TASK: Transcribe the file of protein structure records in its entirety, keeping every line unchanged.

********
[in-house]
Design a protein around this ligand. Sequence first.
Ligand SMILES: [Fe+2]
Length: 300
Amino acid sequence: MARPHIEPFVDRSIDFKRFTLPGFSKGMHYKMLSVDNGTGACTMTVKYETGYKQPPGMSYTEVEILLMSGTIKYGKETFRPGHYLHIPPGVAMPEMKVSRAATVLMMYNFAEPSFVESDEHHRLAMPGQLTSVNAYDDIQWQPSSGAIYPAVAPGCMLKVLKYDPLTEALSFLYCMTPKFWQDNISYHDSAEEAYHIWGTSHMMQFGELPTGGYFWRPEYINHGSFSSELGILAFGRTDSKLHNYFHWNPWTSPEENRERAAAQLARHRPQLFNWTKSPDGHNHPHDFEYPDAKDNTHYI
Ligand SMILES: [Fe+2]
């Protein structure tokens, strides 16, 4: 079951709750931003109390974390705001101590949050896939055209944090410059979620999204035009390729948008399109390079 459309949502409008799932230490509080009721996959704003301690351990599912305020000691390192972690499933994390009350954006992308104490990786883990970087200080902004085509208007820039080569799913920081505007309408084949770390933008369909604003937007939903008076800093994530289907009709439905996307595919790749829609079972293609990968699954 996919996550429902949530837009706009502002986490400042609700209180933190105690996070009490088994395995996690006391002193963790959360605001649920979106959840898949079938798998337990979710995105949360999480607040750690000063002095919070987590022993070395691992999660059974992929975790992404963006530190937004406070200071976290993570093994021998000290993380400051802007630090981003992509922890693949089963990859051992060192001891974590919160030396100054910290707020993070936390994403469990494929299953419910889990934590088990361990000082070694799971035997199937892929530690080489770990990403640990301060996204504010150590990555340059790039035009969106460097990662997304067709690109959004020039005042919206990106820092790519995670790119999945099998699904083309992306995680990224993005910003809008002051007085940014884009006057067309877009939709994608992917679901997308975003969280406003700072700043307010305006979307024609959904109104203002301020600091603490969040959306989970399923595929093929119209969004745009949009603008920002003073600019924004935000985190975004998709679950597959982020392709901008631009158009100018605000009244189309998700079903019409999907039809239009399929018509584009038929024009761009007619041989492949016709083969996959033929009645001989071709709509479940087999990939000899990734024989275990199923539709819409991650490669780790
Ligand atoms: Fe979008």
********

[in-house]
Design a protein around this ligand. Sequence first.
Ligand SMILES: [Fe+2]
Length: 300
Amino acid sequence: MARPHIEPFVDRSIDFKRFTLPGFSKGMHYKMLSVDNGTGACTMTVKYETGYKQPPGMSYTEVEILLMSGTIKYGKETFRPGHYLHIPPGVAMPEMKVSRAATVLMMYNFAEPSFVESDEHHRLAMPGQLTSVNAYDDIQWQPSSGAIYPAVAPGCMLKVLKYDPLTEALSFLYCMTPKFWQDNISYHDSAEEAYHIWGTSHMMQFGELPTGGYFWRPEYINHGSFSSELGILAFGRTDSKLHNYFHWNPWTSPEENRERAAAQLARHRPQLFNWTKSPDGHNHPHDFEYPDAKDNTHYI
Ligand SMILES: [Fe+2]
């Protein structure tokens, strides 16, 4: 079951709750931003109390974390705001101590949050896939055209944090410059979620999204035009390729948008399109390079 459309949502409008799932230490509080009721996959704003301690351990599912305020000691390192972690499933994390009350954006992308104490990786883990970087200080902004085509208007820039080569799913920081505007309408084949770390933008369909604003937007939903008076800093994530289907009709439905996307595919790749829609079972293609990968699954 996919996550429902949530837009706009502002986490400042609700209180933190105690996070009490088994395995996690006391002193963790959360605001649920979106959840898949079938798998337990979710995105949360999480607040750690000063002095919070987590022993070395691992999660059974992929975790992404963006530190937004406070200071976290993570093994021998000290993380400051802007630090981003992509922890693949089963990859051992060192001891974590919160030396100054910290707020993070936390994403469990494929299953419910889990934590088990361990000082070694799971035997199937892929530690080489770990990403640990301060996204504010150590990555340059790039035009969106460097990662997304067709690109959004020039005042919206990106820092790519995670790119999945099998699904083309992306995680990224993005910003809008002051007085940014884009006057067309877009939709994608992917679901997308975003969280406003700072700043307010305006979307024609959904109104203002301020600091603490969040959306989970399923595929093929119209969004745009949009603008920002003073600019924004935000985190975004998709679950597959982020392709901008631009158009100018605000009244189309998700079903019409999907039809239009399929018509584009038929024009761009007619041989492949016709083969996959033929009645001989071709709509479940087999990939000899990734024989275990199923539709819409991650490669780790
Ligand atoms: Fe979008």